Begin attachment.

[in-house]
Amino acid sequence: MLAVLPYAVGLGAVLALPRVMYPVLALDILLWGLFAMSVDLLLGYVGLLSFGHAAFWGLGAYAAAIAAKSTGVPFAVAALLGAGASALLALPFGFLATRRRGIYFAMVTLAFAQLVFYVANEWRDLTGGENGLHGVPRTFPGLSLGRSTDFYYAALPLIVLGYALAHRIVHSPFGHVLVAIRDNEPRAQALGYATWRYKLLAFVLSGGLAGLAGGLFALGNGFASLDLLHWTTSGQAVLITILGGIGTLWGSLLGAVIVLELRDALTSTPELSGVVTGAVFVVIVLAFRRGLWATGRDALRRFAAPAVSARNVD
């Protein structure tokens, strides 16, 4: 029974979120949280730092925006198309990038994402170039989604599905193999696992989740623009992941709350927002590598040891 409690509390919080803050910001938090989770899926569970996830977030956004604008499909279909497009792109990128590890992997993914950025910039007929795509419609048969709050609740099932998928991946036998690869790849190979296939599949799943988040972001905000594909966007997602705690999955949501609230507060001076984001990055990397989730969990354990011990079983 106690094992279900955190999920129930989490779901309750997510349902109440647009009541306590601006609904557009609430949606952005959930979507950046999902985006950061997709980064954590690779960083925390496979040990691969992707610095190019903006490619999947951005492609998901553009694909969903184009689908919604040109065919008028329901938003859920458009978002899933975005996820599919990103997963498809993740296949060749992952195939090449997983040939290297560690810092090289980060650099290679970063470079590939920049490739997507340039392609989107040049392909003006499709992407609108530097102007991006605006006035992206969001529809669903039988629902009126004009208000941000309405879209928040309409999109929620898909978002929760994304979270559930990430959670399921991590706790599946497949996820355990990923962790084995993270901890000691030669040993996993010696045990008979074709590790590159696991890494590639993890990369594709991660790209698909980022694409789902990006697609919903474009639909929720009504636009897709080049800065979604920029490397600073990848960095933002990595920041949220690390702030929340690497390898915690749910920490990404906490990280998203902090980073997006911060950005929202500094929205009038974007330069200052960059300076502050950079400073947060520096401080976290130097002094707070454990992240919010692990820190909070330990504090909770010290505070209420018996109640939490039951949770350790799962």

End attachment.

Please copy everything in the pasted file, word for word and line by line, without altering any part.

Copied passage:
[in-house]
Amino acid sequence: MLAVLPYAVGLGAVLALPRVMYPVLALDILLWGLFAMSVDLLLGYVGLLSFGHAAFWGLGAYAAAIAAKSTGVPFAVAALLGAGASALLALPFGFLATRRRGIYFAMVTLAFAQLVFYVANEWRDLTGGENGLHGVPRTFPGLSLGRSTDFYYAALPLIVLGYALAHRIVHSPFGHVLVAIRDNEPRAQALGYATWRYKLLAFVLSGGLAGLAGGLFALGNGFASLDLLHWTTSGQAVLITILGGIGTLWGSLLGAVIVLELRDALTSTPELSGVVTGAVFVVIVLAFRRGLWATGRDALRRFAAPAVSARNVD
């Protein structure tokens, strides 16, 4: 029974979120949280730092925006198309990038994402170039989604599905193999696992989740623009992941709350927002590598040891 409690509390919080803050910001938090989770899926569970996830977030956004604008499909279909497009792109990128590890992997993914950025910039007929795509419609048969709050609740099932998928991946036998690869790849190979296939599949799943988040972001905000594909966007997602705690999955949501609230507060001076984001990055990397989730969990354990011990079983 106690094992279900955190999920129930989490779901309750997510349902109440647009009541306590601006609904557009609430949606952005959930979507950046999902985006950061997709980064954590690779960083925390496979040990691969992707610095190019903006490619999947951005492609998901553009694909969903184009689908919604040109065919008028329901938003859920458009978002899933975005996820599919990103997963498809993740296949060749992952195939090449997983040939290297560690810092090289980060650099290679970063470079590939920049490739997507340039392609989107040049392909003006499709992407609108530097102007991006605006006035992206969001529809669903039988629902009126004009208000941000309405879209928040309409999109929620898909978002929760994304979270559930990430959670399921991590706790599946497949996820355990990923962790084995993270901890000691030669040993996993010696045990008979074709590790590159696991890494590639993890990369594709991660790209698909980022694409789902990006697609919903474009639909929720009504636009897709080049800065979604920029490397600073990848960095933002990595920041949220690390702030929340690497390898915690749910920490990404906490990280998203902090980073997006911060950005929202500094929205009038974007330069200052960059300076502050950079400073947060520096401080976290130097002094707070454990992240919010692990820190909070330990504090909770010290505070209420018996109640939490039951949770350790799962």